The group recommends
“that insolvency practitioners be able to request access to Companies House’s non-public information pertaining to any other corporates linked to that of the entity to which they have been appointed.”
This is a simple but quite important amendment, which would ensure that, where economic crime could have taken place in a dissolved company, insolvency practitioners can proactively request all the non-public information held by the registrar on the register that would help in either preventing or detecting the possible economic crime. It is not about a fishing expedition, or anything like that: it is about giving, in specific circumstances, insolvency practitioners the further tools that they have said are important to help them to do their incredibly important job.
I ask the Minister to give the amendment serious consideration. We are not necessarily planning to press it to a vote, because this is an area where he will probably see the merits of the argument. He may want to come back to it later, perhaps with a Government proposal, or we may pick it up again. It seems to plug an important gap in a part of the legislation that concerns the disclosure of information. The legislation is proactive, from the point of view of the registrar being able to share information; if, however, the registrar does not know where it might be needed, insolvency practitioners, who have duties under the law, should have the opportunity to request information that can provide evidence for economic crime or give insight into a company, so that potential economic crimes do not go undetected and unpunished.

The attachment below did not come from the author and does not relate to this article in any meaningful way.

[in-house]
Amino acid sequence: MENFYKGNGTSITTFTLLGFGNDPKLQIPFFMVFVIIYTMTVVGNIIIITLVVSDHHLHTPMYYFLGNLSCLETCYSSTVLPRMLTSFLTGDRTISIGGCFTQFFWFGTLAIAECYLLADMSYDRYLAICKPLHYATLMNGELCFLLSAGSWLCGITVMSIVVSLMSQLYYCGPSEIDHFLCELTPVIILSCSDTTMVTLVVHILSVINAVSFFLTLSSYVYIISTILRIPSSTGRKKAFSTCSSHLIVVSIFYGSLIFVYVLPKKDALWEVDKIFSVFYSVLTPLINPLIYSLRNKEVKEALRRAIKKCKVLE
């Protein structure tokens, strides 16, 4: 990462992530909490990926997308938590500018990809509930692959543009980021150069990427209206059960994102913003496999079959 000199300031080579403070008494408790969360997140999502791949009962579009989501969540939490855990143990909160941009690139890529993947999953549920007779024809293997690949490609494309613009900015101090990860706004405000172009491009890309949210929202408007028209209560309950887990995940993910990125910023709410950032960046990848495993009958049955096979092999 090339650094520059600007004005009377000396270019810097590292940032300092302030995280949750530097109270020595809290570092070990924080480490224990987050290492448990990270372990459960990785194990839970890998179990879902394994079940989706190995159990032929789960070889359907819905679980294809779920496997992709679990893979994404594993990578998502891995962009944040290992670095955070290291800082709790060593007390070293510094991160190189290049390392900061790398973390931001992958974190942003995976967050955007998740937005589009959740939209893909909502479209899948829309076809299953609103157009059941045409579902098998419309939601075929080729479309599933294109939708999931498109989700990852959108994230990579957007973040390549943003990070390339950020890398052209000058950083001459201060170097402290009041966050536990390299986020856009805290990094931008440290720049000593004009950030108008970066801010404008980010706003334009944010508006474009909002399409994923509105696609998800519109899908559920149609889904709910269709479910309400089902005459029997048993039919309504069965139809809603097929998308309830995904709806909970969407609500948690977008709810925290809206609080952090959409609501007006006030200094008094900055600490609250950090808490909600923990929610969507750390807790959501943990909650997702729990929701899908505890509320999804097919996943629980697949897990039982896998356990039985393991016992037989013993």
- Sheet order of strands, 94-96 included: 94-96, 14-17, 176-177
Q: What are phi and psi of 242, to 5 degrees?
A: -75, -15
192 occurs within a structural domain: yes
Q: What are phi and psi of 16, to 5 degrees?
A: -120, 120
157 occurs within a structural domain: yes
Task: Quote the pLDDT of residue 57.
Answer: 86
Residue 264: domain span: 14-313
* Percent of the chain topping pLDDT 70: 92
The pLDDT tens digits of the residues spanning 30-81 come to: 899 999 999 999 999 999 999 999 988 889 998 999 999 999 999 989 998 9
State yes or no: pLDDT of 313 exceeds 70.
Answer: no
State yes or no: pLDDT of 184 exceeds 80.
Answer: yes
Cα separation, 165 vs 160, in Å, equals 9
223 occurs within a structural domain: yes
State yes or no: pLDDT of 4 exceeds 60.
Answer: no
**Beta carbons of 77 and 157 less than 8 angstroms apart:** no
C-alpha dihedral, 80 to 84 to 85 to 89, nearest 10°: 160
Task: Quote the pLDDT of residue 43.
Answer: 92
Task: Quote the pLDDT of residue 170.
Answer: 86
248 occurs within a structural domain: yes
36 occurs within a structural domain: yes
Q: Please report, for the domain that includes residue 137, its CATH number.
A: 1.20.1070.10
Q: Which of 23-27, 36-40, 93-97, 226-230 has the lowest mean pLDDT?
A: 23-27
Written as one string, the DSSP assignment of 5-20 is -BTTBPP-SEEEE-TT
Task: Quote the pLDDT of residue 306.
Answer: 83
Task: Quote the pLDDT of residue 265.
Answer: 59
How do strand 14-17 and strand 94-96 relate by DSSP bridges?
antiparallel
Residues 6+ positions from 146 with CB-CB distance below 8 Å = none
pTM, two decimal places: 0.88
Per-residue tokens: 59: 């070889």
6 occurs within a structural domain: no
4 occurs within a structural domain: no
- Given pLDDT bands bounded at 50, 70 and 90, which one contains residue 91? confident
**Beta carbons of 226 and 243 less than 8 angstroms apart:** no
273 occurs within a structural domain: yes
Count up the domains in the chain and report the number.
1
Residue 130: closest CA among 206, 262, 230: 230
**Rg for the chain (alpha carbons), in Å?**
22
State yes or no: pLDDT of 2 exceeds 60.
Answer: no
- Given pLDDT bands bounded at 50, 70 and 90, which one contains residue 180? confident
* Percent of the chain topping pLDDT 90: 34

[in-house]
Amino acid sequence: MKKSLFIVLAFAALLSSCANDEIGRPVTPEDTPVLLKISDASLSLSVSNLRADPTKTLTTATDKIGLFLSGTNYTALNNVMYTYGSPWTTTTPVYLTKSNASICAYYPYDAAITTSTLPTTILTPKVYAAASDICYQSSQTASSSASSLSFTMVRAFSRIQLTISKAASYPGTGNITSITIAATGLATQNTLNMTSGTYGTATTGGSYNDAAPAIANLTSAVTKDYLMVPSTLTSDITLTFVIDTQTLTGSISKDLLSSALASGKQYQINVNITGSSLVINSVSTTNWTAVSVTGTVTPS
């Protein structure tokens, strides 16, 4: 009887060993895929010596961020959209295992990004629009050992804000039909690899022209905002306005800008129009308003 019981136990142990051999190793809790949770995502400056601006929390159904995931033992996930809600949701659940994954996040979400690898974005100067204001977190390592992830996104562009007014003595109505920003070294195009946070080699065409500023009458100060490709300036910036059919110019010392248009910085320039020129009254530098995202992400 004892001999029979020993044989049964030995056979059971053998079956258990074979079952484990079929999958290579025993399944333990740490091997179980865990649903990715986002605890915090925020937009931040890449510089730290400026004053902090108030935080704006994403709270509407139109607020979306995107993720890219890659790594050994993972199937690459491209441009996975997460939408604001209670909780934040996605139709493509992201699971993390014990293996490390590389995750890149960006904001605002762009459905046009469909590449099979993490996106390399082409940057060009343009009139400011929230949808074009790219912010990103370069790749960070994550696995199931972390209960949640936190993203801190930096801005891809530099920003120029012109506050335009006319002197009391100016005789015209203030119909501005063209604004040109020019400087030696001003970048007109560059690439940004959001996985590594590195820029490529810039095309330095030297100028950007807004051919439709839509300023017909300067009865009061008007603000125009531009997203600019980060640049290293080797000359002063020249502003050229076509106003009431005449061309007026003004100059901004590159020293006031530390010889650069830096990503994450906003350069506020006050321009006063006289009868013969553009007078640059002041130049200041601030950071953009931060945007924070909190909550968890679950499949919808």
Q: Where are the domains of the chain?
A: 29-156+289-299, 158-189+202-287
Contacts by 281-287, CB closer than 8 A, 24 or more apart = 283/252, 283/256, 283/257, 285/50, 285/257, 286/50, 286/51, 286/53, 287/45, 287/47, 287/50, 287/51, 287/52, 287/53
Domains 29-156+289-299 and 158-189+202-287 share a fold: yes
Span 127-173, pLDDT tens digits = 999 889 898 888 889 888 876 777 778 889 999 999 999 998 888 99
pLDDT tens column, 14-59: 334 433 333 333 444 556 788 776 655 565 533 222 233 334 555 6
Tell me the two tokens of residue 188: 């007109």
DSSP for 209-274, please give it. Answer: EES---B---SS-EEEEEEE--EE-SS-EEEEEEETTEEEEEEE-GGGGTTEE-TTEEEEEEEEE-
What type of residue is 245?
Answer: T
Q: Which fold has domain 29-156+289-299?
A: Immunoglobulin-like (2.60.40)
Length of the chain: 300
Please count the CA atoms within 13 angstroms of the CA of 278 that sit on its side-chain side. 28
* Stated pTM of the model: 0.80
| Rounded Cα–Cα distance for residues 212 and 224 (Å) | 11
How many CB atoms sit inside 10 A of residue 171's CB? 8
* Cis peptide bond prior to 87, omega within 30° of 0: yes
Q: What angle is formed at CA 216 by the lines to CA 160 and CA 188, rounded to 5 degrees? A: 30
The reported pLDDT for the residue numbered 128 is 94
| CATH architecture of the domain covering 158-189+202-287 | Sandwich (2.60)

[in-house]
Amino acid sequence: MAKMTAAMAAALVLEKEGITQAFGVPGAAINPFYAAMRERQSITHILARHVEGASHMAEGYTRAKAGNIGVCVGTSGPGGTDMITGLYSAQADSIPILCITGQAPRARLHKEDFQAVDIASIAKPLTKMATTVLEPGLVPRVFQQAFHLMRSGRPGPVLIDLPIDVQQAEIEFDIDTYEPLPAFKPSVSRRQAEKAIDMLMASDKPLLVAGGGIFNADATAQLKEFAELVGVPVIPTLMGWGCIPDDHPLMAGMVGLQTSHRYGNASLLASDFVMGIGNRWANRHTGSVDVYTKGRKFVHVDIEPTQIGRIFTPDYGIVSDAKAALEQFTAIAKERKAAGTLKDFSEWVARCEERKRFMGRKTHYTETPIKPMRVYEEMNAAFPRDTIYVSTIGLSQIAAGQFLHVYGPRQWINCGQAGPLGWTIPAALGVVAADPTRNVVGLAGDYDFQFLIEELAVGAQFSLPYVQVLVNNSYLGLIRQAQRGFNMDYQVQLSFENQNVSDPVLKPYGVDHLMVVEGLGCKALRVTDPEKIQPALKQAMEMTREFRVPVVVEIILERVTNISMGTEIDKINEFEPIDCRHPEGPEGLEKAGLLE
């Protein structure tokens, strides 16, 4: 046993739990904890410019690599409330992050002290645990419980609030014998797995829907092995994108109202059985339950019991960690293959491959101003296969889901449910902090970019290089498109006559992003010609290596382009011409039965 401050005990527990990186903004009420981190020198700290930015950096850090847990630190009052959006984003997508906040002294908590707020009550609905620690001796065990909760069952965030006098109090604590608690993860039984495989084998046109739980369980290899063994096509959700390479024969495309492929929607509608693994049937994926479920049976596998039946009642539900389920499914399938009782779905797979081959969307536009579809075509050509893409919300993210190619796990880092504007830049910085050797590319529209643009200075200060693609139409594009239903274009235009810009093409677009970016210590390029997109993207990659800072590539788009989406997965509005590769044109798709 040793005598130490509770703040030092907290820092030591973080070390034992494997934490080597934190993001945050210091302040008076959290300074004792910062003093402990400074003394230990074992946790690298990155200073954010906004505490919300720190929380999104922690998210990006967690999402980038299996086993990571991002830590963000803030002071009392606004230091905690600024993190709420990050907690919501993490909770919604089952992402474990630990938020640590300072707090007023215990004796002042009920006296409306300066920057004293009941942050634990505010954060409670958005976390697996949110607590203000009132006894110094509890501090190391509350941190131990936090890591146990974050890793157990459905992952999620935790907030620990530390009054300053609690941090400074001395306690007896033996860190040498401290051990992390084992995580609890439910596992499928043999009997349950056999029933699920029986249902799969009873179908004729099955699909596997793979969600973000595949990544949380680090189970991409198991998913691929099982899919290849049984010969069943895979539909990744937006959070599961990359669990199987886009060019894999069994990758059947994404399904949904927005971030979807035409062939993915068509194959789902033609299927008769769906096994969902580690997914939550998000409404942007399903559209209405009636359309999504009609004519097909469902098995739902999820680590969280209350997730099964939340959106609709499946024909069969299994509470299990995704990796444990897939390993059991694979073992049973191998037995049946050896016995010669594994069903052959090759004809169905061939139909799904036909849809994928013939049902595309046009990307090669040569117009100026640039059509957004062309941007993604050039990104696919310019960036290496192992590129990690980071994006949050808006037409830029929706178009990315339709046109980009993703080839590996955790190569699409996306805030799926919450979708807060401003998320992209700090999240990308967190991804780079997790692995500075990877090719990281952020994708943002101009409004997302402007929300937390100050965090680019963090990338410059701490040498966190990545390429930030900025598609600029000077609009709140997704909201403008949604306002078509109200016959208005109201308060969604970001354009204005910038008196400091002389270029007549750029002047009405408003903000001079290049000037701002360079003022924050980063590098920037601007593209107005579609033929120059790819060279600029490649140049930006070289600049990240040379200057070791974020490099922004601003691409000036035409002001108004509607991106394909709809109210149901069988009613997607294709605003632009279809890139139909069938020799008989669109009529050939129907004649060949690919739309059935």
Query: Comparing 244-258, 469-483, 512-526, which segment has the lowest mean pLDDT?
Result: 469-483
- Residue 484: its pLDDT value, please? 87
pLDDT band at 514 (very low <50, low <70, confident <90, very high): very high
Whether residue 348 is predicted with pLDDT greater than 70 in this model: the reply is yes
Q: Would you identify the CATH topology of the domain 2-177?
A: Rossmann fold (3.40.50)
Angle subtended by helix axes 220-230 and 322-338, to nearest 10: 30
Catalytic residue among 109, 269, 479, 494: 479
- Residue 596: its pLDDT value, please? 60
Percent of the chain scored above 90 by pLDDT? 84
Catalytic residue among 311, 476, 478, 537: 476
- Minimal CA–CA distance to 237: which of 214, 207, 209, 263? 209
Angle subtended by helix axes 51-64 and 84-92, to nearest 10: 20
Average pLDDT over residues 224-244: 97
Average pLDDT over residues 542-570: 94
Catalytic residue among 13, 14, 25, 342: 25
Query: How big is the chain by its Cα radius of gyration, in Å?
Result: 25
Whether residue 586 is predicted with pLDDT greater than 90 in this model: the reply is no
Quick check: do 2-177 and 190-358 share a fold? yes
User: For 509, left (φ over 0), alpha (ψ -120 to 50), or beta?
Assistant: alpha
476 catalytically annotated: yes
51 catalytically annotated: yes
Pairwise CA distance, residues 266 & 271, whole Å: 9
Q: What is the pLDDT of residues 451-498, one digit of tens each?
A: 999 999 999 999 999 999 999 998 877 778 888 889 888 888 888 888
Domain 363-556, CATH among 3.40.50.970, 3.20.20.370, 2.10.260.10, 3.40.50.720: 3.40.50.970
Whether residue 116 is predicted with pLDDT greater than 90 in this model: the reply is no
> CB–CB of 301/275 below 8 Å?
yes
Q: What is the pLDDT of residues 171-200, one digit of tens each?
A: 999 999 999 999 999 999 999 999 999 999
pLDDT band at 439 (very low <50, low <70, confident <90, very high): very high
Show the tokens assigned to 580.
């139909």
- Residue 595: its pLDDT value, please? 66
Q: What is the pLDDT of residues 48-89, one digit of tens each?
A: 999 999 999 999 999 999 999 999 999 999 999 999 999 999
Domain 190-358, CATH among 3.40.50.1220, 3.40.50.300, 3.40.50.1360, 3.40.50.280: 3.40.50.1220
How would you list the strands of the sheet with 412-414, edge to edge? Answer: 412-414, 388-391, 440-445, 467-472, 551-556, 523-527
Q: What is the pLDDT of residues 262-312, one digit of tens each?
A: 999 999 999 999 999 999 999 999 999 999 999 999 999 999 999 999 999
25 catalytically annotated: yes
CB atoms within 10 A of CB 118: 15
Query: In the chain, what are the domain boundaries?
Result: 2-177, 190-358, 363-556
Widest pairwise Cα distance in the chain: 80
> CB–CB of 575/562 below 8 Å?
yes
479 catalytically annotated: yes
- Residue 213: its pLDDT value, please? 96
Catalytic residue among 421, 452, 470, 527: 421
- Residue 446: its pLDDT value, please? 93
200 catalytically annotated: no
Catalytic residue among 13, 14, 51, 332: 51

I thank the hon. Members for the amendment.. The registrar is already permitted to share information with insolvency practitioners for purposes connected with her own functions—clearly now expanded, given this legislation. However, we acknowledge that there may be other specific circumstances in which she wishes to share information, so I sympathise with the tabling of the amendment.
As drafted, the amendment is too wide, in our view. It would allow the registrar to share any information about a corporate over which an insolvency practitioner has been appointed for any purpose, regardless of what that purpose is. I ask the hon. Member for Feltham and Heston to withdraw the amendment, but I agree that we should consider this issue further to see what might be done to help insolvency practitioners access information, perhaps in a narrower set of circumstances.